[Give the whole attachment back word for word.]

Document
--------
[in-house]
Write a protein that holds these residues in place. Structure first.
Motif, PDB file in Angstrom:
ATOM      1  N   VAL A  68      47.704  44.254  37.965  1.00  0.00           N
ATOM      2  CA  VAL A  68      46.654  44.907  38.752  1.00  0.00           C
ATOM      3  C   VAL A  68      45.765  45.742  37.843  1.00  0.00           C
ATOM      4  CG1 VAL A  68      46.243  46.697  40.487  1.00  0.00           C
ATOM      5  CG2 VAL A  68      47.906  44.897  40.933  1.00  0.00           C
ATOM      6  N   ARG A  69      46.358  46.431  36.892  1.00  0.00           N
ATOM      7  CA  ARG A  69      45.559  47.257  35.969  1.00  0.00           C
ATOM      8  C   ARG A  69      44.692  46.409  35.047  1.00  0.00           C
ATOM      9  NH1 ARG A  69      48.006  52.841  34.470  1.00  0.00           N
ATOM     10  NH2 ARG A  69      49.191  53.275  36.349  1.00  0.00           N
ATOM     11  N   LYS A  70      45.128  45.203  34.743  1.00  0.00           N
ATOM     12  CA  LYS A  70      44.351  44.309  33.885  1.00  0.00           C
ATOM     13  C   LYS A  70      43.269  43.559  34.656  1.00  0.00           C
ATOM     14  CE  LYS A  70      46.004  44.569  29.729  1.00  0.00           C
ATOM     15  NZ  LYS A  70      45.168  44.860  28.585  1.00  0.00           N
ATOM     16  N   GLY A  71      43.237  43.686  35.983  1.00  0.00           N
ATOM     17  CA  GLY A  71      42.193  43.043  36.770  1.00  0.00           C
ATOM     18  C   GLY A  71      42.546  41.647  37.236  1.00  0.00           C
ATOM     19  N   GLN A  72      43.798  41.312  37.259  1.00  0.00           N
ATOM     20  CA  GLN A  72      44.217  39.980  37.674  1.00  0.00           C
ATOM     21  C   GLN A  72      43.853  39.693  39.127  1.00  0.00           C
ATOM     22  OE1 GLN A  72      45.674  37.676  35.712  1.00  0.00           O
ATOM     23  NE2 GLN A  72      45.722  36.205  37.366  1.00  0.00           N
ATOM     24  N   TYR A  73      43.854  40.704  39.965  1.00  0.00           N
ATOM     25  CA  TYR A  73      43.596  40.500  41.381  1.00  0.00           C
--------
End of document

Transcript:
[in-house]
Write a protein that holds these residues in place. Structure first.
Motif, PDB file in Angstrom:
ATOM      1  N   VAL A  68      47.704  44.254  37.965  1.00  0.00           N
ATOM      2  CA  VAL A  68      46.654  44.907  38.752  1.00  0.00           C
ATOM      3  C   VAL A  68      45.765  45.742  37.843  1.00  0.00           C
ATOM      4  CG1 VAL A  68      46.243  46.697  40.487  1.00  0.00           C
ATOM      5  CG2 VAL A  68      47.906  44.897  40.933  1.00  0.00           C
ATOM      6  N   ARG A  69      46.358  46.431  36.892  1.00  0.00           N
ATOM      7  CA  ARG A  69      45.559  47.257  35.969  1.00  0.00           C
ATOM      8  C   ARG A  69      44.692  46.409  35.047  1.00  0.00           C
ATOM      9  NH1 ARG A  69      48.006  52.841  34.470  1.00  0.00           N
ATOM     10  NH2 ARG A  69      49.191  53.275  36.349  1.00  0.00           N
ATOM     11  N   LYS A  70      45.128  45.203  34.743  1.00  0.00           N
ATOM     12  CA  LYS A  70      44.351  44.309  33.885  1.00  0.00           C
ATOM     13  C   LYS A  70      43.269  43.559  34.656  1.00  0.00           C
ATOM     14  CE  LYS A  70      46.004  44.569  29.729  1.00  0.00           C
ATOM     15  NZ  LYS A  70      45.168  44.860  28.585  1.00  0.00           N
ATOM     16  N   GLY A  71      43.237  43.686  35.983  1.00  0.00           N
ATOM     17  CA  GLY A  71      42.193  43.043  36.770  1.00  0.00           C
ATOM     18  C   GLY A  71      42.546  41.647  37.236  1.00  0.00           C
ATOM     19  N   GLN A  72      43.798  41.312  37.259  1.00  0.00           N
ATOM     20  CA  GLN A  72      44.217  39.980  37.674  1.00  0.00           C
ATOM     21  C   GLN A  72      43.853  39.693  39.127  1.00  0.00           C
ATOM     22  OE1 GLN A  72      45.674  37.676  35.712  1.00  0.00           O
ATOM     23  NE2 GLN A  72      45.722  36.205  37.366  1.00  0.00           N
ATOM     24  N   TYR A  73      43.854  40.704  39.965  1.00  0.00           N
ATOM     25  CA  TYR A  73      43.596  40.500  41.381  1.00  0.00           C